Have you ever heard someone say that religion is a crutch? Once when I was talking to a guy about Christ, he made the statement that â€œReligion is just a crutch. I don’t need or want a crutch like that â€“ I’m independent!” He said this, ironically enough, as he slobbered over several beer bottles at his table!
One of Karl Marx’s most quoted statements is, â€œReligion is the opium of the people.” This statement, at face value appears to be saying that religion dulls one’s senses, pacifies people and generally causes people to be more or less gullible to the â€œbourgeoisie.”
What we generally hear quoted is the following phrase, â€œReligion is the opiate of the masses” or â€œReligion is the opium of the people” (if they bother getting the quote correct!) This is often used to demonstrate Marx’s opposition to religion as a bourgeoisie tool to numb the minds of the peasants. That is how many of his own followers used the phrase.
However, it bears looking at more closely. I think it can challenge our complacent view on Christianity and what being a Christian looks like. Let’s look at what he says in the full context of his statement:
Religion is, indeed, the self-consciousness and self-esteem of man who has either not yet won through to himself, or has already lost himself again. But man is no abstract being squatting outside the world. Man is the world of manâ€”state, society. This state and this society produce religion, which is an inverted consciousness of the world, because they are an inverted world. Religion is the general theory of this world, its encyclopedic compendium, its logic in popular form, its spiritual point d’honneur, its enthusiasm, its moral sanction, its solemn complement, and its universal basis of consolation and justification. It is the fantastic realization of the human essence since the human essence has not acquired any true reality. The struggle against religion is, therefore, indirectly the struggle against that world whose spiritual aroma is religion.
Religious suffering is, at one and the same time, the expression of real suffering and a protest against real suffering. Religion is the sigh of the oppressed creature, the heart of a heartless world, and the soul of soulless conditions. It is the opium of the people. [Emphasis added]
The abolition of religion as the illusory happiness of the people is the demand for their real happiness. To call on them to give up their illusions about their condition is to call on them to give up a condition that requires illusions. The criticism of religion is, therefore, in embryo, the criticism of that vale of tears of which religion is the halo. (See wikipedia for more)
What a great line – “the sigh of the oppressed creature, the heart of a heartless world, and the soul of a soulless condition.” There is a perspective here that I think Micah and the Lord Himself would agree with.
Let’s break this down a bit. Marx is certainly not saying that he believes religion is a good thing, but neither is he saying that religion is necessarily a bad thing. Opium â€“ at the time Marx was writing â€“ was a recreational drug and medicine used by a lot of people to escape the pain of living. Opium allowed one to create an illusory world free of pain rather than dealing with the real issues and the real pain of what they were struggling with. So, in the same way, Marx says that religion is used by people to create an illusory world rather than deal with the real issues of suffering in their body and in their world.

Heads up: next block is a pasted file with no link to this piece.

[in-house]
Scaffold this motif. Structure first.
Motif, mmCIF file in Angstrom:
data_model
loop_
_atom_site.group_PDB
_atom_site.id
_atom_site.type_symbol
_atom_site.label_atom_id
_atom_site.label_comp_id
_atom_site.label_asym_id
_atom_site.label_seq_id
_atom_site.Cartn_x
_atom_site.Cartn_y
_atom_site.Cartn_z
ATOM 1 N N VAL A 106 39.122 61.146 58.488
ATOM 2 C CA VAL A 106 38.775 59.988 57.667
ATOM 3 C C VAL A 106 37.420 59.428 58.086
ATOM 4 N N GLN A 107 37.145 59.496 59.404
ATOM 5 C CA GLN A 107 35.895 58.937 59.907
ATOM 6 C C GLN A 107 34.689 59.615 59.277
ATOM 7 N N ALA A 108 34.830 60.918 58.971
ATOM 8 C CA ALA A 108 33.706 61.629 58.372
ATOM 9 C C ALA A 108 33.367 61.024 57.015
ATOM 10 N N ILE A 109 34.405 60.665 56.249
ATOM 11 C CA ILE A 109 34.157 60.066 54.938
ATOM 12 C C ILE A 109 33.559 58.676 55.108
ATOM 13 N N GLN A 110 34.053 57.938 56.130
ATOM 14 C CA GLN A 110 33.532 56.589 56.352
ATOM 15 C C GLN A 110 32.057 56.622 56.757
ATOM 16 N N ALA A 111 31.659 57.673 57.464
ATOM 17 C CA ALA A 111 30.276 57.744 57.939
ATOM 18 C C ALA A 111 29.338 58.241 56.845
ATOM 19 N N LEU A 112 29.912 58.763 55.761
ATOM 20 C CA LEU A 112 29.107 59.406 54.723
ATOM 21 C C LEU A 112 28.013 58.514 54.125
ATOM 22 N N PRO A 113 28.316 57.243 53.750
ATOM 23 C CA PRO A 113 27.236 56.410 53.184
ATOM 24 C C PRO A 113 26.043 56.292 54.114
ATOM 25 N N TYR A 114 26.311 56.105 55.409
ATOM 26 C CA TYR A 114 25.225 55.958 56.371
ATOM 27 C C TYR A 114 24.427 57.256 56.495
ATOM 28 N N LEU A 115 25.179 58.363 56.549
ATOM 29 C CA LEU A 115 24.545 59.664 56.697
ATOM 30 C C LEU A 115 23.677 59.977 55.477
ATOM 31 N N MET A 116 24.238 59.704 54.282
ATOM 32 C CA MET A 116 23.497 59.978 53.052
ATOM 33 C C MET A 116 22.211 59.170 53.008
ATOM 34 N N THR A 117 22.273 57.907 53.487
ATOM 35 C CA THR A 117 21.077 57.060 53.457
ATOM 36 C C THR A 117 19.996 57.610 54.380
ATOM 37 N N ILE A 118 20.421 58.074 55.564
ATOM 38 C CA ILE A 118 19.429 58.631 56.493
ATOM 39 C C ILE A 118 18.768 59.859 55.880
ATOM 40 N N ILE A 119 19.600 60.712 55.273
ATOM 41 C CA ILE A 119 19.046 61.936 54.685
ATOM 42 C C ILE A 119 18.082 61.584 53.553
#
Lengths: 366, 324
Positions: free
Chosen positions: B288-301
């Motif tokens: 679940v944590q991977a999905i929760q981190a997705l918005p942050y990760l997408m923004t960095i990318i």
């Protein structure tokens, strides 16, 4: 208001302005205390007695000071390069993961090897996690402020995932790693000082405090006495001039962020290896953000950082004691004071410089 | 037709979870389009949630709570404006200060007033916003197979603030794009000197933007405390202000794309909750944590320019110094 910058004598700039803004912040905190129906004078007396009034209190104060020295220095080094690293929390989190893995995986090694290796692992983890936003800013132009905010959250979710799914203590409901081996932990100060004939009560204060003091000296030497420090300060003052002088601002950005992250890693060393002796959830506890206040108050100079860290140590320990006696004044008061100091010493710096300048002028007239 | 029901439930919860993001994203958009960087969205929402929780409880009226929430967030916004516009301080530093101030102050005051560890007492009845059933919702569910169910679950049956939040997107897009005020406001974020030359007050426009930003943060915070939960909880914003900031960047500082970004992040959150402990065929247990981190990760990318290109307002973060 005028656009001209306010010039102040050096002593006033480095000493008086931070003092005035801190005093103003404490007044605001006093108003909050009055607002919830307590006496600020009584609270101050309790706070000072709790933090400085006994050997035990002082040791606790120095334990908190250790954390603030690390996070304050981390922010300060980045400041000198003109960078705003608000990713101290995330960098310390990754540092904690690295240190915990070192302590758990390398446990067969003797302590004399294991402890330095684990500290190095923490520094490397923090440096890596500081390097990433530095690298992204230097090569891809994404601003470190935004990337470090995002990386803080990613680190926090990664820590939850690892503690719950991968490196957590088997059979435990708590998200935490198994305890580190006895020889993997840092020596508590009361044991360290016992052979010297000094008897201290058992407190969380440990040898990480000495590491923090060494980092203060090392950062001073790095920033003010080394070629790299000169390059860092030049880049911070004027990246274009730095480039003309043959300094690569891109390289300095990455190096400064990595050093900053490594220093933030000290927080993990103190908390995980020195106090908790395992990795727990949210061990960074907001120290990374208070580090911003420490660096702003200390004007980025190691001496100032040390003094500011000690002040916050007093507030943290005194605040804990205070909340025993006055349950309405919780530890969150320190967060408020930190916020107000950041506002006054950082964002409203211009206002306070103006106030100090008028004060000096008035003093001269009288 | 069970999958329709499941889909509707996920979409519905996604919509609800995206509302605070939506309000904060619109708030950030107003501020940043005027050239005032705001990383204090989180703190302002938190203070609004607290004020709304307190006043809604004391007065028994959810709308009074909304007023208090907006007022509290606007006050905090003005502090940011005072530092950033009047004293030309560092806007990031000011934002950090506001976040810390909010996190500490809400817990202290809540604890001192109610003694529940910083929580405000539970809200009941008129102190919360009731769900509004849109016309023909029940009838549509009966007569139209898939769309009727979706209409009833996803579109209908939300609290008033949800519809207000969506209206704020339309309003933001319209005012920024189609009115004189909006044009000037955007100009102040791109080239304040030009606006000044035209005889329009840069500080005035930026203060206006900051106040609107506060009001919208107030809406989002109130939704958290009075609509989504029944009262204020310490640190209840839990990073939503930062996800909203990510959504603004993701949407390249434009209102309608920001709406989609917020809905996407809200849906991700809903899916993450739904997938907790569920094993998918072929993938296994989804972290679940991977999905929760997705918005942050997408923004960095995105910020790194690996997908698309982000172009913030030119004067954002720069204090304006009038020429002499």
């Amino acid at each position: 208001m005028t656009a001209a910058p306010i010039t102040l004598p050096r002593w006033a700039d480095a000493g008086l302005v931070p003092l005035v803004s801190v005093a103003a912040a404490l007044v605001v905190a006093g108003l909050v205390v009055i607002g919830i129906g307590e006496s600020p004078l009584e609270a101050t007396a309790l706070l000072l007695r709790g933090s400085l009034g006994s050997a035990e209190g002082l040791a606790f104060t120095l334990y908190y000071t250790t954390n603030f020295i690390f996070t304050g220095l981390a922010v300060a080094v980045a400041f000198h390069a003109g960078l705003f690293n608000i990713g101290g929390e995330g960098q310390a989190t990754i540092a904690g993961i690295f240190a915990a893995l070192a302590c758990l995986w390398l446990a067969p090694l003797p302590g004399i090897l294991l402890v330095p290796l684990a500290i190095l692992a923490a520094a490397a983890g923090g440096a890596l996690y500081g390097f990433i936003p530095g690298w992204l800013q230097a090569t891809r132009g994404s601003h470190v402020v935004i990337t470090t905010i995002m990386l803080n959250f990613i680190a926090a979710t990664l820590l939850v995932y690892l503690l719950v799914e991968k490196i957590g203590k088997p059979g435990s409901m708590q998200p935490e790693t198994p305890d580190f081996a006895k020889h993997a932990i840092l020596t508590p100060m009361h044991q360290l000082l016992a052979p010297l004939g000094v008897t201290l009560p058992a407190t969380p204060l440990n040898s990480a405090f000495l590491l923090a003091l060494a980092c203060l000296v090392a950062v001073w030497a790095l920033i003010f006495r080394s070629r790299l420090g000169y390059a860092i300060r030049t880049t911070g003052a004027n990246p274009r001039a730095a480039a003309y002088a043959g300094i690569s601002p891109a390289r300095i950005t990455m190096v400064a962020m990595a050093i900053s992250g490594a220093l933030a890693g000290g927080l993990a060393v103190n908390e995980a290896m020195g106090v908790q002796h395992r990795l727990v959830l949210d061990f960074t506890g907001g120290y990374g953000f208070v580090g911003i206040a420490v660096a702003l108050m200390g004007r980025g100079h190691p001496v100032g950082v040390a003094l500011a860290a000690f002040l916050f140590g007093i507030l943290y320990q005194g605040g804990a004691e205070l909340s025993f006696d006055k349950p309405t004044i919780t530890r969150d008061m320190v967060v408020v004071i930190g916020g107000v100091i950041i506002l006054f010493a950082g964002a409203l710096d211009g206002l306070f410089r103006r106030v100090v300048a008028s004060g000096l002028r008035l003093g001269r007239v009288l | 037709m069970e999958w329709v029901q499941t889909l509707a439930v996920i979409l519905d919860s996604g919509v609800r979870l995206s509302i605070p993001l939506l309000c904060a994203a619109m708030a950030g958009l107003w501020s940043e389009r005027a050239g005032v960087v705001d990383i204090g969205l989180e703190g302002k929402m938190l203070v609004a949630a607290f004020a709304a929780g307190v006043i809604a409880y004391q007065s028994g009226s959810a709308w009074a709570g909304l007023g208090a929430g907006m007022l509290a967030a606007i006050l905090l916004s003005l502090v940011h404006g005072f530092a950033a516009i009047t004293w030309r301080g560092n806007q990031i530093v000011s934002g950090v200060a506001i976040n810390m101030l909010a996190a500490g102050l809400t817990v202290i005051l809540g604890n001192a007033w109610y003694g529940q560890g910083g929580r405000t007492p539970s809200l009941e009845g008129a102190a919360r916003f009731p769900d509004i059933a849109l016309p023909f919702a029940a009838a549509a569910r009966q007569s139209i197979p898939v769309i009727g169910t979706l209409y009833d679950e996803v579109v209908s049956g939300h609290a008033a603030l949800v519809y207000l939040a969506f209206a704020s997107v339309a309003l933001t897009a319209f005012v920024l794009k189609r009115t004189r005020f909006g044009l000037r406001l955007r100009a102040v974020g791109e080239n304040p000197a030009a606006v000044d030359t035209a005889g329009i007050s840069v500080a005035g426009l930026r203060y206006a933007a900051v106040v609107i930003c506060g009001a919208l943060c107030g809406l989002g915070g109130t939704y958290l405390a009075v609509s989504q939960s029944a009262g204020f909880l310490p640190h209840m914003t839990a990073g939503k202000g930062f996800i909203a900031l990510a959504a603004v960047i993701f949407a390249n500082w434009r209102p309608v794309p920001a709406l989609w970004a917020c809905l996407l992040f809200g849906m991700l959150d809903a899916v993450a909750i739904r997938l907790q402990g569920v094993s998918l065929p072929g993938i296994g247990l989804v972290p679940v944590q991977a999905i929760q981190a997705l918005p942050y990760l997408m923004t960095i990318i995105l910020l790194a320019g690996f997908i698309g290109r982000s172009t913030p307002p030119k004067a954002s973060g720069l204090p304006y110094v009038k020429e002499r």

Now, keep that in mind as we read Micah 6:6 & 7 again:
With what shall I come before the LORD and bow down before the exalted God? Shall I come before him with burnt offerings, with calves a year old?
Will the LORD be pleased with thousands of rams, with ten thousand rivers of oil? Shall I offer my firstborn for my transgression, the fruit of my body for the sin of my soul?
Man’s way of dealing with a serious break in his relationship to God is to get more religious. To do more religious activity. Kill more animals, make tremendous sacrifices, and even surrender your family on the altar of service to God â€“ this is man’s way of showing that they are a â€œgood Christian.” From this perspective, I agree with Karl Marx. Religion can be an opiate â€“ it desensitizes and inverts our perspective on God. It allows us to appear connected to God when in reality we are completely disconnected from Him. Instead of having a â€œnow” relationship with God, practicing religion allows us to practice a sanitized, safe version of faith â€“ which is kind of a â€œpie in the sky” religion rather than one that makes an impact on those around us and upon ourselves.
Now, you may be asking, does Greg agree with Karl Marx’s other ideas? Absolutely not! Marx was seeking an end to religion and to replace it with something equally opium-like, a â€œworker’s paradise.” (actually, that my be Lenin’s term). But, while Marx may have been right in his idea of how many people use religion as a means to appear “godly”, he was wrong in his answer to that issue. He was an atheist â€“ and therefore attempted to create a world without God. Anytime we try to solve problems by excluding God â€“ we are simply creating further problems.
So, when Micah goes on to say:
People of Israel, the LORD has shown you what is good.
He has told you what he requires of you.
You must treat people fairly.
You must love others faithfully.
And you must be very careful to live
the way your God wants you to. (Micah 6:8, NIrV)
He isn’t saying to be more religious, he is addressing our relationship with God at a fundamental level. Are we merely practicing religion by attending church, singing the songs, doing whatever, or are we developing a dynamic, vital, and real relationship to God Himself?
I must confess, I am sometimes able to answer that question affirmatively, but sometimes I cannot. And some days – I can answer it yes and no!